I Am St Paul Island

It’s inescapable, at least to me, the comparisons between human and water. We’re seventy percent of the stuff by mass, and that’s the same percentage of the Earth’s surface that is covered by water. I see in us, the same properties of water, and even as I doubt some major tidal shift in human philosophy based on my observations, I hope at least to bring a sea change in a few thoughts.


This isn’t new, what I’m saying, I’ve said it before, but this time I wish to look at a few things happening out there in the ocean, that vast and open space of fluid, and wonder how much of us is reflected there. As always, anytime I read about some scientific experiment, observation, or trial, I wonder how it came to be, and where it will go. Someone measured the pressure waves of the 2004 tsunami and discovered there was measurable affects at almost all points of the globe. Now, we know the waves felt in Alaska were not nearly as severe as those felt on nearby islands, but there were there, nevertheless.  I wonder what this says about us humans. Did we all feel the massive wave of death that swept through that area? Did we, at some level, realize that a quarter of a million people had died, or if in fact there was some connection, was the distance too great for us to really know it was there? With humans is it distance? Is it volume? Or am I just plain wrong, and this an entirely false analogy?


But let’s go back to Alaska, shall we?


Saint Paul Island, Alaska, is a tiny speck of land far north of the Aleutian Islands, far out into the Bering Sea.  People do live here, five hundred or so,  and one of the things they do is clean the debris of fishing boats from the beaches of their island. Nets, garbage, flotsam and jetsam , all manner of  other human detritus is brought here by the currents.  Here is where the ocean has decided to return man’s folly to land, and it is left to the people of the island to deal with it.


This leads me to wonder if writers aren’t the Saint Paul Islands of humanity. We writer seem to be the receptacles of all things cast away from other people. Here, we tell them, is what was lost from this far away place. Here, we show them, is what happened at this point in time, long ago, so long ago all but forgotten but by writers. Here, this is what has washed up upon my shores, and though I know not of what it might be, here, I will show this to you, and you might know it. Here, here is what I have found in my mind, battered by waves, isolated and floating around for years, and finally, yes, finally, here it is, and you may pick it up, hold it to the sun, and wonder where has been.


The Sea Of Humanity has cast adrift many thoughts and many people. Here, on this island, I offer you what I have found upon the shores of an island, far, far away from any populated shore.  If you close your eyes, and if you sit in silence, I think you can hear the ocean.



Take Care,


Dar Williams- The Ocean

When I went to your town on the wide open shore,
Oh I must confess, I was drawn, I was drawn to the ocean,
I thought it spoke to me, it said, "Look at us,
We're not churches, not schools, not skating ponds, swimming pools,
And we have lost people, haven't we though?"
Oh, that's what the ocean can know of a body,
And that's when I came back to town, this town is a song about you.
You don't know how lucky you are, you don't know how much I adore you,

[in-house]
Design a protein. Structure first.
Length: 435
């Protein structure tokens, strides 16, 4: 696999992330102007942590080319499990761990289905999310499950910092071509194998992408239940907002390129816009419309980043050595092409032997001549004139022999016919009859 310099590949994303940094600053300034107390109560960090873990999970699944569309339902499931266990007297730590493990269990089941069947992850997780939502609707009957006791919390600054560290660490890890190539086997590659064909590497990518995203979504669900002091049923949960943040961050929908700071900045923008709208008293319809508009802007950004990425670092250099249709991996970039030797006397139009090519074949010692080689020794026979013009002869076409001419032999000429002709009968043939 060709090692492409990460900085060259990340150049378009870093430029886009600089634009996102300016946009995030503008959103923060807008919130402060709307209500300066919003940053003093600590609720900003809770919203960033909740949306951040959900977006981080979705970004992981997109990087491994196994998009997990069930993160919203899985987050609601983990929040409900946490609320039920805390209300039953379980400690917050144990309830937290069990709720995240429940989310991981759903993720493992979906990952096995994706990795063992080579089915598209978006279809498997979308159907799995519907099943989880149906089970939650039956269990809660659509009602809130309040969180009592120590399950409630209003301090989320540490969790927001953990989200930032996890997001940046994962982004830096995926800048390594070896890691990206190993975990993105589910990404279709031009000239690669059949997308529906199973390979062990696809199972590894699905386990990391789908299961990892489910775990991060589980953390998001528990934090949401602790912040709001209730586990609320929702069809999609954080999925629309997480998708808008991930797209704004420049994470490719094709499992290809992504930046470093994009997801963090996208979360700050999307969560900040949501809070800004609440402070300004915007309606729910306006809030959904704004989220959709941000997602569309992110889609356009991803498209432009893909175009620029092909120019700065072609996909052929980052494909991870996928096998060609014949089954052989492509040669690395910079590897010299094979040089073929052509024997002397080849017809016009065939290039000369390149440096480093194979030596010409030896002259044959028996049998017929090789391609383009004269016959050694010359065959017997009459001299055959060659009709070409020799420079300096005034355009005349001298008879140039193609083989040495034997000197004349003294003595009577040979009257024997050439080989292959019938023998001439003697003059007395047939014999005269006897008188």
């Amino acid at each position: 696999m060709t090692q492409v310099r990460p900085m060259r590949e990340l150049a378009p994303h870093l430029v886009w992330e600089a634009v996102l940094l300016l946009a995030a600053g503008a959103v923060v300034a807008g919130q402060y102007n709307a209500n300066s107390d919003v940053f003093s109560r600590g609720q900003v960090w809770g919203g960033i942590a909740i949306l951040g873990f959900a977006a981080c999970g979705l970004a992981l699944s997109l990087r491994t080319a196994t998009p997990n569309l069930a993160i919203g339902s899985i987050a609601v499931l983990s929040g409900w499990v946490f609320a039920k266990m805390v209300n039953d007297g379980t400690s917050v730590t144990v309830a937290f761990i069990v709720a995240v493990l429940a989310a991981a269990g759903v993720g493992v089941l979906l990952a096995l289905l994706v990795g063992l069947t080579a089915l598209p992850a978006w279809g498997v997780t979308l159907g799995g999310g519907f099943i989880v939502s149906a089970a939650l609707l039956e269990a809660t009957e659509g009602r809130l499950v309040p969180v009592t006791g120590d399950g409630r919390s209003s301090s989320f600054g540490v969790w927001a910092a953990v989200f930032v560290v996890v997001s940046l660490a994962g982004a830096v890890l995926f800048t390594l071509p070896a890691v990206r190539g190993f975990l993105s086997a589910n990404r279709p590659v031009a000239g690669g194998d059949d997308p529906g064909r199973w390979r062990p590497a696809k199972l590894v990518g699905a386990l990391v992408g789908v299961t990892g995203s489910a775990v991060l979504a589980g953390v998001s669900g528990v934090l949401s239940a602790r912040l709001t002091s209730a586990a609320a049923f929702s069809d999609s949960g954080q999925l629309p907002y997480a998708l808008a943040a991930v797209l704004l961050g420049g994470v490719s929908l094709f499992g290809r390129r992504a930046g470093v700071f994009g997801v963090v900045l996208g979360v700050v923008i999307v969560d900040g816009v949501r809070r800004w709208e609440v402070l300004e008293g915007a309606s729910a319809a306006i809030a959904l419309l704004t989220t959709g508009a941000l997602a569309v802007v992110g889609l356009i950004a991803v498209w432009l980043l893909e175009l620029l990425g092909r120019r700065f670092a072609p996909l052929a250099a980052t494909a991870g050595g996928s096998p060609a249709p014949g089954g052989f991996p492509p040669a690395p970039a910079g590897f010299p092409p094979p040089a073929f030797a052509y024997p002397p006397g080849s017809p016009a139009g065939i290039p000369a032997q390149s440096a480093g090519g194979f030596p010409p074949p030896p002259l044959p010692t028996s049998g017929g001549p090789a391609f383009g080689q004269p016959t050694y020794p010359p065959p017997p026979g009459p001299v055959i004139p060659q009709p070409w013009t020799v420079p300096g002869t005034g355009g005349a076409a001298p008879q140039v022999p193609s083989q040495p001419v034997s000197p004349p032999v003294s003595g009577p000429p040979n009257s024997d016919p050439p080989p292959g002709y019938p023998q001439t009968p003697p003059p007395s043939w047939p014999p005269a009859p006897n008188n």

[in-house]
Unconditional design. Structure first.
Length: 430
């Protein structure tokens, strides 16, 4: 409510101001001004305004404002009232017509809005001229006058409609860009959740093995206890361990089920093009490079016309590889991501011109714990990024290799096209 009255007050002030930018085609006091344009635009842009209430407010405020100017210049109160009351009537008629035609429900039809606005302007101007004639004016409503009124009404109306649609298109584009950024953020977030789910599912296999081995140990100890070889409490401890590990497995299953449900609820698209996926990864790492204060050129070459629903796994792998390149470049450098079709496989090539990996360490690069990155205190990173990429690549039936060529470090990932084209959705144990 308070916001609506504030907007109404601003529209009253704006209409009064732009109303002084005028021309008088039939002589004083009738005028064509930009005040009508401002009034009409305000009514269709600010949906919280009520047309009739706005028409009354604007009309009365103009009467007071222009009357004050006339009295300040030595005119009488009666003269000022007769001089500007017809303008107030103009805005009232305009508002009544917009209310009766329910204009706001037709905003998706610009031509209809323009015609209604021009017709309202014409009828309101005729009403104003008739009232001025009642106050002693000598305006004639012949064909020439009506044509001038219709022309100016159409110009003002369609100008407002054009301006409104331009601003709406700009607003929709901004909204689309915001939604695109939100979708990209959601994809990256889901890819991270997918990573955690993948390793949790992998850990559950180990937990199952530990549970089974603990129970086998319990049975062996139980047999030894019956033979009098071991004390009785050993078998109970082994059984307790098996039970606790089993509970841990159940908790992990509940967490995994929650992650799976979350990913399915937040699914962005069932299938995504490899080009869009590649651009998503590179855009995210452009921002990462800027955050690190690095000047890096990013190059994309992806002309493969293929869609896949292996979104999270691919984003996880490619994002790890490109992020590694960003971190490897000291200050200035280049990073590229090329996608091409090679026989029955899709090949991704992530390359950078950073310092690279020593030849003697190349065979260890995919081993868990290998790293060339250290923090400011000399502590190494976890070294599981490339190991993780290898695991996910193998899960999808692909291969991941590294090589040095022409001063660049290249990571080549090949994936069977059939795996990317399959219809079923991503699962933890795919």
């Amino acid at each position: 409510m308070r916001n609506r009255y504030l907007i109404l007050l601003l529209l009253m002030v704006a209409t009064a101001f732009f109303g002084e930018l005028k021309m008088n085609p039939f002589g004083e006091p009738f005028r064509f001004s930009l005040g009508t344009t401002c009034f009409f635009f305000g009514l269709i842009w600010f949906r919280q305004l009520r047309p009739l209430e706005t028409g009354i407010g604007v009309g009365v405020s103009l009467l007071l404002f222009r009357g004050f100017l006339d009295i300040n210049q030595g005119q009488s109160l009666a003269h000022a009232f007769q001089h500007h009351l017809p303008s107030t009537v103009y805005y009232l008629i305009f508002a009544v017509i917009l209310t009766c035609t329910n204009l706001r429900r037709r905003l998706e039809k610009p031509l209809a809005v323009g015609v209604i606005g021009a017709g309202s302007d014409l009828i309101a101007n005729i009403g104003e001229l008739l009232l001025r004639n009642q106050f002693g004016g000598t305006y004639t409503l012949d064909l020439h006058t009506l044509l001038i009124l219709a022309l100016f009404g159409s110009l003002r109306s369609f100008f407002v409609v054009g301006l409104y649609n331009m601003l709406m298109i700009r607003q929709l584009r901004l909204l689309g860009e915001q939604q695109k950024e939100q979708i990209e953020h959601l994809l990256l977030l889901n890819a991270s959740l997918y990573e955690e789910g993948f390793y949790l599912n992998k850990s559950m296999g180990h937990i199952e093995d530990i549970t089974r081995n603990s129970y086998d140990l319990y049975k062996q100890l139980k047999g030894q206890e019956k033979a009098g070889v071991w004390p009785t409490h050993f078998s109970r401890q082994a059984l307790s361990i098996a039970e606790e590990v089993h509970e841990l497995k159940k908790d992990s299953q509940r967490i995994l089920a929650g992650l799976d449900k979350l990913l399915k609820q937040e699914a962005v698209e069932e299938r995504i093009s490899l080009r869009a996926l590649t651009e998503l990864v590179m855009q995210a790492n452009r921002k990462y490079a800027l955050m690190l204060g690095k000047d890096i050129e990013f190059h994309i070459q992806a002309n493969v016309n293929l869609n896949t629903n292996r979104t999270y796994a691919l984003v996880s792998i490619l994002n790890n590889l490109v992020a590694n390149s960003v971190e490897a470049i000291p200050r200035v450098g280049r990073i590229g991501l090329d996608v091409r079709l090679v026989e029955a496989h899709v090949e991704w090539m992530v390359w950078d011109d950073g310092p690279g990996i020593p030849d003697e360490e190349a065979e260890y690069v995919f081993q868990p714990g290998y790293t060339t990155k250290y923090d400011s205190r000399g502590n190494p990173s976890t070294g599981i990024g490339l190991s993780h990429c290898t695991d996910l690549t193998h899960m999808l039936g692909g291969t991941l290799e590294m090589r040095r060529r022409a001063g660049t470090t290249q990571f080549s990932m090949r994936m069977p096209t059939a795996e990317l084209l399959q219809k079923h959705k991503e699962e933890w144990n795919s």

You are the welcoming back from the ocean.

I went back to the ocean today,
With my books and my papers I went to the rocks by the ocean,
But the weather changed quickly, oh the ocean said,
"What are you trying to find, i dont' care, I'm not kind,
I've bludgeoned your sailors, I've spat out their keepsakes,
Oh it's ashes to ashes, but always the ocean,"
But the ocean can't come to this town, this town is a song about you.
You don't know how lucky you are, you don't know how much I adore you,
You are the welcoming back from the ocean.

And the ones that can know you so well are the ones that can swallow you whole.
I have a good and I have an evil, I thought the ocean, the ocean thought nothing,
You are the welcoming back from the ocean.

I didn't go back today,
I wanted to show you that I was more land than water,
I went to pick flowers. I brought them to you,
Look at me, look at them, with their salt up the stem,
But you frowned when I smiled and I tried to arrange them,
You said, "Let me tell you the song of this town,"
You said, "Everything closes at five. After that, well, you just got the bars,
You don't know how precious you are, walking around with your little shoes dangling,
I am the one who lives with the ocean,

It's where we came from, you know, and sometimes I just want to go back,
After a day, we drink 'til we're drowning, walk to the ocean, wade in with our workboots,
Wade in our workboots, try to finish the job.
You don't know how precious you are, I am the one who lives with the ocean.
You don't know how I am the one. You don't know how I am the one."

Wundrmom44   Wundrmom44 wrote
on 6/28/2008 1:46:40 AM
I don't know why I hadn't read this before. I don't know why no one else has left a message about this writing. I don't have time to sit and ruminate, it is late and I need to go to bed, but, I wanted to tell you... I love the ocean, I have written about it... I think... my kids and me, Thing 1 and Thing 2... affectionately, have spent many a fine day at the pacific shore. Time stops there you know. I can still see us sitting, in that simpler time, less worries, the future not bearing down on us so hard... but now... well it caught up, and I am lost. I really loved the poem, I will look up Dar Williams when I have more ... was gonna say time... but, I think peace is better. Have a wonderful weekend, Kristina

Mike Firesmith
writing Mike Firesmith
I write
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I though the ocean the ocean thought nothing.
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